Why does YAI work better than BAI?

  1. Distribution. YAI's goals are distributed throughout the system, within the knowledge base and the reasoning methods, not just a single piece of static data. If you knock out the surface manifestation, the goal can rebuild itself.
  2. Reduction. YAI's goals can be reduced to a justification composed of simpler components, basic links in a logical chain. It is much easier for an AI to deal with complex behaviors arising from a set of interacting elements, rather than a monolithic complex behavior inside a blackbox.
  3. KISS (Keep It Simple, Stupid). #initial# goals are a special case of goals, thus distorting the general architecture and introducing an inelegancy that doesn't translate easily.
  4. Declarativity. A thought will translate across architectures better than the stuff doing the thinking. All necessary imperatives and precautions should be thoughts declared within the basic architecture, not pieces of procedural code. Note that to Declare something, you must Reduce it, Justify it, and make it a specific of a General rule (rather than a special case). This rule incorporates all the others.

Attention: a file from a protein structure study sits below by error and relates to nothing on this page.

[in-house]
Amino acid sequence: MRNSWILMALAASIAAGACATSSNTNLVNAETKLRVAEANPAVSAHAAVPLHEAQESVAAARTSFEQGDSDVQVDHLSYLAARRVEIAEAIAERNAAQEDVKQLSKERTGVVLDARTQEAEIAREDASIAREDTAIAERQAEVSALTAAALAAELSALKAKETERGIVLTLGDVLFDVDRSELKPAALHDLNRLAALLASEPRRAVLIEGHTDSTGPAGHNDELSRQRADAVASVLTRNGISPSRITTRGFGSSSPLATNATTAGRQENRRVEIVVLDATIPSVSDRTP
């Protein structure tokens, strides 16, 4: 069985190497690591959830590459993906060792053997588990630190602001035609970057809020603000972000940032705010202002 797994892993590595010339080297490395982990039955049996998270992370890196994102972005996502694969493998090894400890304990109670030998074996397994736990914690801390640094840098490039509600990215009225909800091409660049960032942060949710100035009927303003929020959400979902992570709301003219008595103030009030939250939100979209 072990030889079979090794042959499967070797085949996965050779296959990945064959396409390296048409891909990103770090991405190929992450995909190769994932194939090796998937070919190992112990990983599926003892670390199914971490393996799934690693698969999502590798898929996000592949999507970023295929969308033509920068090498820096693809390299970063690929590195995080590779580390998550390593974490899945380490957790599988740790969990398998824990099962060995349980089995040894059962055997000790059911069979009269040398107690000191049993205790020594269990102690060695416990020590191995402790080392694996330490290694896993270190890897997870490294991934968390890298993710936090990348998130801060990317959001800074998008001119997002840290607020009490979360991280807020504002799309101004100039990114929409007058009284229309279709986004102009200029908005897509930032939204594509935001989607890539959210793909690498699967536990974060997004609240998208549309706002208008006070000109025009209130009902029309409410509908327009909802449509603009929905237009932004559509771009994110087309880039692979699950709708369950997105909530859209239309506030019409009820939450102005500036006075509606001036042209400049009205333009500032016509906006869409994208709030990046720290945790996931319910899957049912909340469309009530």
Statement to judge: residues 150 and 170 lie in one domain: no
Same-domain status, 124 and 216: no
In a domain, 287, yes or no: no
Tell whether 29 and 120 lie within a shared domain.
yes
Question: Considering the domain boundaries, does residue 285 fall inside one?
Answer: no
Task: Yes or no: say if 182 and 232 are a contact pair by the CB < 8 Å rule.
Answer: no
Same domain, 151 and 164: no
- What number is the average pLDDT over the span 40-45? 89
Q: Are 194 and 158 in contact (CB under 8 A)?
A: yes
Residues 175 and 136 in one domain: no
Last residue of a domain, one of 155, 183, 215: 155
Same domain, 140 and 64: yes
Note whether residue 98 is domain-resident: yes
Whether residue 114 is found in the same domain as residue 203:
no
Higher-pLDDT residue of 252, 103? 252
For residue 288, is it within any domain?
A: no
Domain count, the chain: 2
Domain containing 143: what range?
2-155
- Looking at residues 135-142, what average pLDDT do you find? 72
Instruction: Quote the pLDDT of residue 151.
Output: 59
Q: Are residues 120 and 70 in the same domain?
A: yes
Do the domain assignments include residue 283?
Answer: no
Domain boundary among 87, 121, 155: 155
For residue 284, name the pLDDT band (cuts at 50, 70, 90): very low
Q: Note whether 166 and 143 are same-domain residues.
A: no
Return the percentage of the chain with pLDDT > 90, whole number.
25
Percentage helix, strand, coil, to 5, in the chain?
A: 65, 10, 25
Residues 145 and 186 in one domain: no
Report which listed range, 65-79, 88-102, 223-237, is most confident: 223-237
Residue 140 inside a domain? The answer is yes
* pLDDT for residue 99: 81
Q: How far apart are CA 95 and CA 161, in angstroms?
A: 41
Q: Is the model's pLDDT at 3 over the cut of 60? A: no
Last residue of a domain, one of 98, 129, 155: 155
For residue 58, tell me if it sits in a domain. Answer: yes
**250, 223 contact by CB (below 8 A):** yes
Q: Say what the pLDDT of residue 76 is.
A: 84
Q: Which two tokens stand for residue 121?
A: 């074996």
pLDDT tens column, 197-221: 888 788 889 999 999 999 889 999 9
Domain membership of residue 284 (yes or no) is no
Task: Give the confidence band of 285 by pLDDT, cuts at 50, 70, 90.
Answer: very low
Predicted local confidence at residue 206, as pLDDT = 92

Of course, if either Bostrum or I had taken even the vaguest stabs at doing our jobs right, YAI or BAI would have screamed for advice before doing *anything* to the goal system. But I hope you all get the point.

I did think an AI would have a goal system well into the SI stage, a proposition about which, in retrospect, I was flat wrong. But I knew how much my best-guess AI architecture had changed in the past, and didn't *assume* it would remain constant, regardless of what I thought. I designed accordingly. Still in retrospect, I think my old system would have made it with all major precautions and imperatives intact.

--         Eliezer S. Yudkowsky

Disclaimer:  Unless otherwise specified, I'm not telling you
everything I think I know.